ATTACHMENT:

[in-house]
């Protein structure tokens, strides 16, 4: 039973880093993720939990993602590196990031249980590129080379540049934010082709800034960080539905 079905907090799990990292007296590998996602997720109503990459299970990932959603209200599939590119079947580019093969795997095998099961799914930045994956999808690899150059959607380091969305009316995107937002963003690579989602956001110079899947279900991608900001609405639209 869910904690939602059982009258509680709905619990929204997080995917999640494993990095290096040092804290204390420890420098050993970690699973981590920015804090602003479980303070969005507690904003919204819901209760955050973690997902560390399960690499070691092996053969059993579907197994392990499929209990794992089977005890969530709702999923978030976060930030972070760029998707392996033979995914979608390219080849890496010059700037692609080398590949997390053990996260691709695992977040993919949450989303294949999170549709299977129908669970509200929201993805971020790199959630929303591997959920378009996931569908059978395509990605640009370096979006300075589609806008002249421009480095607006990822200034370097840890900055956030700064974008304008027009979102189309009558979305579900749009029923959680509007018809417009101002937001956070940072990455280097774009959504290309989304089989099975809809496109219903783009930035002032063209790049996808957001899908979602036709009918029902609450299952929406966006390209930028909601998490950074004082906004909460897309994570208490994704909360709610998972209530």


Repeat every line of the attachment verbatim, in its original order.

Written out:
[in-house]
């Protein structure tokens, strides 16, 4: 039973880093993720939990993602590196990031249980590129080379540049934010082709800034960080539905 079905907090799990990292007296590998996602997720109503990459299970990932959603209200599939590119079947580019093969795997095998099961799914930045994956999808690899150059959607380091969305009316995107937002963003690579989602956001110079899947279900991608900001609405639209 869910904690939602059982009258509680709905619990929204997080995917999640494993990095290096040092804290204390420890420098050993970690699973981590920015804090602003479980303070969005507690904003919204819901209760955050973690997902560390399960690499070691092996053969059993579907197994392990499929209990794992089977005890969530709702999923978030976060930030972070760029998707392996033979995914979608390219080849890496010059700037692609080398590949997390053990996260691709695992977040993919949450989303294949999170549709299977129908669970509200929201993805971020790199959630929303591997959920378009996931569908059978395509990605640009370096979006300075589609806008002249421009480095607006990822200034370097840890900055956030700064974008304008027009979102189309009558979305579900749009029923959680509007018809417009101002937001956070940072990455280097774009959504290309989304089989099975809809496109219903783009930035002032063209790049996808957001899908979602036709009918029902609450299952929406966006390209930028909601998490950074004082906004909460897309994570208490994704909360709610998972209530």